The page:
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Spring Cropping - Doing Nothing is not an Option

Date Added: 03/02/2009

By Richard Elsdon – Technical Manager for United Oilseeds

Some growers, particularly those on heavy ground, are considering fallowing ground not planted last autumn on the basis that they do not want to grow a crop that will lose money. This logic may be flawed when the full effect is considered.

United Oilseeds estimate conventional spring oilseed rape to have a gross margin of £295 per ha, while that of Nexera spring rape has an estimated gross margin of £420 per ha. However they do contribute towards the fixed costs of rent, labour, and depreciation which are going to be incurred anyway.

Compare that scenario to that of fallowed land which will receive some glyphosate and probably two or three cultivations but produce nothing. The last time that was tried it was possible to see the tractor wheelings in the following crop all winter due to the damage done to the soil at depth. Not cropping an area just adds these costs on to the harvest 09 planted area with a further negative effect on the bottom line of the business.

The table below shows that all spring crops make a considerable contribution to farm profitability, while fallow just adds to the overall farm costs.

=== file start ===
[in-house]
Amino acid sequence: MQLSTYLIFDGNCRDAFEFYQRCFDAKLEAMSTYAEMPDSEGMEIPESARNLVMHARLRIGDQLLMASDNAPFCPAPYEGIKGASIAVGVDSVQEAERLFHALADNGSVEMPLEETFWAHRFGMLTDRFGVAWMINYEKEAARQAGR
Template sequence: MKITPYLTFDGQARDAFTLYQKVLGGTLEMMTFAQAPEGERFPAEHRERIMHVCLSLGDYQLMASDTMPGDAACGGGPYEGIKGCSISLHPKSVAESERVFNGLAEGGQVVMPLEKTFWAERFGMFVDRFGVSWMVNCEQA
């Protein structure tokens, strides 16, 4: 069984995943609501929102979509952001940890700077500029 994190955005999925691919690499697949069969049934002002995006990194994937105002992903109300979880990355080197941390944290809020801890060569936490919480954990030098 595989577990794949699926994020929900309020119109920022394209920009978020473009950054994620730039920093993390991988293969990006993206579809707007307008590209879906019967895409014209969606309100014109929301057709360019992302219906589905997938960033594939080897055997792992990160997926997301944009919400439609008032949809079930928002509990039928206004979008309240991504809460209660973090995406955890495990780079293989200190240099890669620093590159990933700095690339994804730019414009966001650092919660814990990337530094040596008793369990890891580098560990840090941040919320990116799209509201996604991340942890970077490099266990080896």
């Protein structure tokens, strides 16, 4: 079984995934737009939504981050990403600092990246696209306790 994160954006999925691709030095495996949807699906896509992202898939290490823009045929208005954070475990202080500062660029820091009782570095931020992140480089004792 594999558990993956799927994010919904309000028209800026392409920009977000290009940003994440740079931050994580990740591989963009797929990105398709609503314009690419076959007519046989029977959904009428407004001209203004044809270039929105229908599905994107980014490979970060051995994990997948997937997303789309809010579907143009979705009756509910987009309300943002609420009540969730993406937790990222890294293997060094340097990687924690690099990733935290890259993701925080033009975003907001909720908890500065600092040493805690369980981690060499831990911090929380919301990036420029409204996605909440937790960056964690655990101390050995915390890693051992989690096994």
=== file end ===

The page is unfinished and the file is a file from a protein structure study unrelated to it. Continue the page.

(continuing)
Effect on Bottom Line to fallowing part of the Farm

  Spr OSR Nexera S OSR Linseed S Barley S beans Fallow
Yield (mt/ha) 2.5 2.5 2.1 6.7 4  
Price per tonne (£) 249.00 299.00 240.00 95.00 122.00  
Income (£) 622.50 747.50 504.00 636.50 488.00  
Minus variable costs (£) 327.40 327.40 301.44 443.03 309.62 15.00
Gross Margin (£) 295.10 420.10 202.56 193.47 178.38 -15.00
Minus attributable Fixed Costs (£) 80.00 80.00 80.00 80.00 80.00 20.00
Net contribution to profit (£/ha) 215.10 340.10 122.56 113.47 98.38 -35.00


  • Uncropped land still incurs labour, rent and machinery depreciation costs.

  • Uncropped land retains moisture at depth, giving rise to poor autumn establishment.

  • A relatively low gross margin spring crop contributes to the overall farm income.

  • Yields following cropped land invariably out yield those after fallowed wet land.

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